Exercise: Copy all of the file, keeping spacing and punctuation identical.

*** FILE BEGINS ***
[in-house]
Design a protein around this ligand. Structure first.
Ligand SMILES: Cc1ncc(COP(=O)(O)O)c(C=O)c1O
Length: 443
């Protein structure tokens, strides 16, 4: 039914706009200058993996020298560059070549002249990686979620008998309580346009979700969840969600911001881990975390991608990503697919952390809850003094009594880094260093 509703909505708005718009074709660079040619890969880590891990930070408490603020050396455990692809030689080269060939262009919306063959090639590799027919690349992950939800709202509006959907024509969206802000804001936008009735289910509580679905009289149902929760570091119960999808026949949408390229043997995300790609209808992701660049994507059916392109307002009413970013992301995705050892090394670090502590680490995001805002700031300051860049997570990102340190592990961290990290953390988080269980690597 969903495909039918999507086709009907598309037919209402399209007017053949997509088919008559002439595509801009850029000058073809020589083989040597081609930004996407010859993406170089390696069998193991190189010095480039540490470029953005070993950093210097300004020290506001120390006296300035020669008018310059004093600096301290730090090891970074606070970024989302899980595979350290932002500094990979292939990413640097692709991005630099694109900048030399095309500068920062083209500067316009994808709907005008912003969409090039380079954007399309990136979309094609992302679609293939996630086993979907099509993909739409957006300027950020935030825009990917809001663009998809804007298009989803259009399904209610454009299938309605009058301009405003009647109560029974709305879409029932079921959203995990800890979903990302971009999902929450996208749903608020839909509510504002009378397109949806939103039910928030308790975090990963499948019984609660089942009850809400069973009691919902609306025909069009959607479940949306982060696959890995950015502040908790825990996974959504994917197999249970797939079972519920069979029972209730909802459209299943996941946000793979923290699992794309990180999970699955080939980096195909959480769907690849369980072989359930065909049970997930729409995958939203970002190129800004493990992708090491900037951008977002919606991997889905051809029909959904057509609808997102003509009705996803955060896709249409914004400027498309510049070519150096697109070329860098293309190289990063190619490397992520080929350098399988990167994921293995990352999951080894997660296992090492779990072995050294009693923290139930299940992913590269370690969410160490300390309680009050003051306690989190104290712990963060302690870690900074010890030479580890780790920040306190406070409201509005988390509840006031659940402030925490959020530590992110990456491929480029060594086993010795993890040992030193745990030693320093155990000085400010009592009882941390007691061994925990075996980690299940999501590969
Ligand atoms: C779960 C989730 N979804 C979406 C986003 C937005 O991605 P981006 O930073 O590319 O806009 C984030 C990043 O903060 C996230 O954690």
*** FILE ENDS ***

[in-house]
Design a protein around this ligand. Structure first.
Ligand SMILES: Cc1ncc(COP(=O)(O)O)c(C=O)c1O
Length: 443
């Protein structure tokens, strides 16, 4: 039914706009200058993996020298560059070549002249990686979620008998309580346009979700969840969600911001881990975390991608990503697919952390809850003094009594880094260093 509703909505708005718009074709660079040619890969880590891990930070408490603020050396455990692809030689080269060939262009919306063959090639590799027919690349992950939800709202509006959907024509969206802000804001936008009735289910509580679905009289149902929760570091119960999808026949949408390229043997995300790609209808992701660049994507059916392109307002009413970013992301995705050892090394670090502590680490995001805002700031300051860049997570990102340190592990961290990290953390988080269980690597 969903495909039918999507086709009907598309037919209402399209007017053949997509088919008559002439595509801009850029000058073809020589083989040597081609930004996407010859993406170089390696069998193991190189010095480039540490470029953005070993950093210097300004020290506001120390006296300035020669008018310059004093600096301290730090090891970074606070970024989302899980595979350290932002500094990979292939990413640097692709991005630099694109900048030399095309500068920062083209500067316009994808709907005008912003969409090039380079954007399309990136979309094609992302679609293939996630086993979907099509993909739409957006300027950020935030825009990917809001663009998809804007298009989803259009399904209610454009299938309605009058301009405003009647109560029974709305879409029932079921959203995990800890979903990302971009999902929450996208749903608020839909509510504002009378397109949806939103039910928030308790975090990963499948019984609660089942009850809400069973009691919902609306025909069009959607479940949306982060696959890995950015502040908790825990996974959504994917197999249970797939079972519920069979029972209730909802459209299943996941946000793979923290699992794309990180999970699955080939980096195909959480769907690849369980072989359930065909049970997930729409995958939203970002190129800004493990992708090491900037951008977002919606991997889905051809029909959904057509609808997102003509009705996803955060896709249409914004400027498309510049070519150096697109070329860098293309190289990063190619490397992520080929350098399988990167994921293995990352999951080894997660296992090492779990072995050294009693923290139930299940992913590269370690969410160490300390309680009050003051306690989190104290712990963060302690870690900074010890030479580890780790920040306190406070409201509005988390509840006031659940402030925490959020530590992110990456491929480029060594086993010795993890040992030193745990030693320093155990000085400010009592009882941390007691061994925990075996980690299940999501590969
Ligand atoms: C779960 C989730 N979804 C979406 C986003 C937005 O991605 P981006 O930073 O590319 O806009 C984030 C990043 O903060 C996230 O954690």